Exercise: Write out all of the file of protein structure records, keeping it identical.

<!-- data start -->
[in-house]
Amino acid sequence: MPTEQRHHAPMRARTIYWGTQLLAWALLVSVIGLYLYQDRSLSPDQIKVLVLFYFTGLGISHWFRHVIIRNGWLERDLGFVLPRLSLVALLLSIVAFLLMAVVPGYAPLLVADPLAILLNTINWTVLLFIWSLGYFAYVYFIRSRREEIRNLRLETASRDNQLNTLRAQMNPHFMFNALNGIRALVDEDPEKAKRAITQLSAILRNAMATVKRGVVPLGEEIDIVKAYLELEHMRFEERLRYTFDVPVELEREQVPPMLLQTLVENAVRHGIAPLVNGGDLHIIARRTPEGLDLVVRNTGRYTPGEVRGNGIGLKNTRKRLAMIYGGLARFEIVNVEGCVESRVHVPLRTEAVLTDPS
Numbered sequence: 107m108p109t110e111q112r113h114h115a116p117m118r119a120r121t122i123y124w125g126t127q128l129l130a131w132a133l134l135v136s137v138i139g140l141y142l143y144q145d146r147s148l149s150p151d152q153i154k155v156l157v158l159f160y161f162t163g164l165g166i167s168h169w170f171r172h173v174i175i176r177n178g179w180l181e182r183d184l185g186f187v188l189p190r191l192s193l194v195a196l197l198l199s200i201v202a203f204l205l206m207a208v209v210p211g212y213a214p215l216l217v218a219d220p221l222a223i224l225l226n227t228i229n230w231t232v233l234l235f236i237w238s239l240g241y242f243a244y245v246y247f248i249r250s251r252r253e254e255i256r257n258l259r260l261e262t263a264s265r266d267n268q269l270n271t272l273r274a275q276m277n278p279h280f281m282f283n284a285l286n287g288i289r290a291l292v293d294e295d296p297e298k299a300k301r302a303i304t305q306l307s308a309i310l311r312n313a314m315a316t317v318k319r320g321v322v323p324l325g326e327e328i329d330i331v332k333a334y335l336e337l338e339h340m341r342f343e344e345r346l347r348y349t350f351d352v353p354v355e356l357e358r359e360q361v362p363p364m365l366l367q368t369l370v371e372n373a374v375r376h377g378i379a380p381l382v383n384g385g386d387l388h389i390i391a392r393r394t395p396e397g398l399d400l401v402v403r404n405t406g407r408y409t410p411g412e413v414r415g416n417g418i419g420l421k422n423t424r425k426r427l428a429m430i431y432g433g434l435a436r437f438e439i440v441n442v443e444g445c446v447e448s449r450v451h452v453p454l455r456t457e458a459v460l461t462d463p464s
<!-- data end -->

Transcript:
[in-house]
Amino acid sequence: MPTEQRHHAPMRARTIYWGTQLLAWALLVSVIGLYLYQDRSLSPDQIKVLVLFYFTGLGISHWFRHVIIRNGWLERDLGFVLPRLSLVALLLSIVAFLLMAVVPGYAPLLVADPLAILLNTINWTVLLFIWSLGYFAYVYFIRSRREEIRNLRLETASRDNQLNTLRAQMNPHFMFNALNGIRALVDEDPEKAKRAITQLSAILRNAMATVKRGVVPLGEEIDIVKAYLELEHMRFEERLRYTFDVPVELEREQVPPMLLQTLVENAVRHGIAPLVNGGDLHIIARRTPEGLDLVVRNTGRYTPGEVRGNGIGLKNTRKRLAMIYGGLARFEIVNVEGCVESRVHVPLRTEAVLTDPS
Numbered sequence: 107m108p109t110e111q112r113h114h115a116p117m118r119a120r121t122i123y124w125g126t127q128l129l130a131w132a133l134l135v136s137v138i139g140l141y142l143y144q145d146r147s148l149s150p151d152q153i154k155v156l157v158l159f160y161f162t163g164l165g166i167s168h169w170f171r172h173v174i175i176r177n178g179w180l181e182r183d184l185g186f187v188l189p190r191l192s193l194v195a196l197l198l199s200i201v202a203f204l205l206m207a208v209v210p211g212y213a214p215l216l217v218a219d220p221l222a223i224l225l226n227t228i229n230w231t232v233l234l235f236i237w238s239l240g241y242f243a244y245v246y247f248i249r250s251r252r253e254e255i256r257n258l259r260l261e262t263a264s265r266d267n268q269l270n271t272l273r274a275q276m277n278p279h280f281m282f283n284a285l286n287g288i289r290a291l292v293d294e295d296p297e298k299a300k301r302a303i304t305q306l307s308a309i310l311r312n313a314m315a316t317v318k319r320g321v322v323p324l325g326e327e328i329d330i331v332k333a334y335l336e337l338e339h340m341r342f343e344e345r346l347r348y349t350f351d352v353p354v355e356l357e358r359e360q361v362p363p364m365l366l367q368t369l370v371e372n373a374v375r376h377g378i379a380p381l382v383n384g385g386d387l388h389i390i391a392r393r394t395p396e397g398l399d400l401v402v403r404n405t406g407r408y409t410p411g412e413v414r415g416n417g418i419g420l421k422n423t424r425k426r427l428a429m430i431y432g433g434l435a436r437f438e439i440v441n442v443e444g445c446v447e448s449r450v451h452v453p454l455r456t457e458a459v460l461t462d463p464s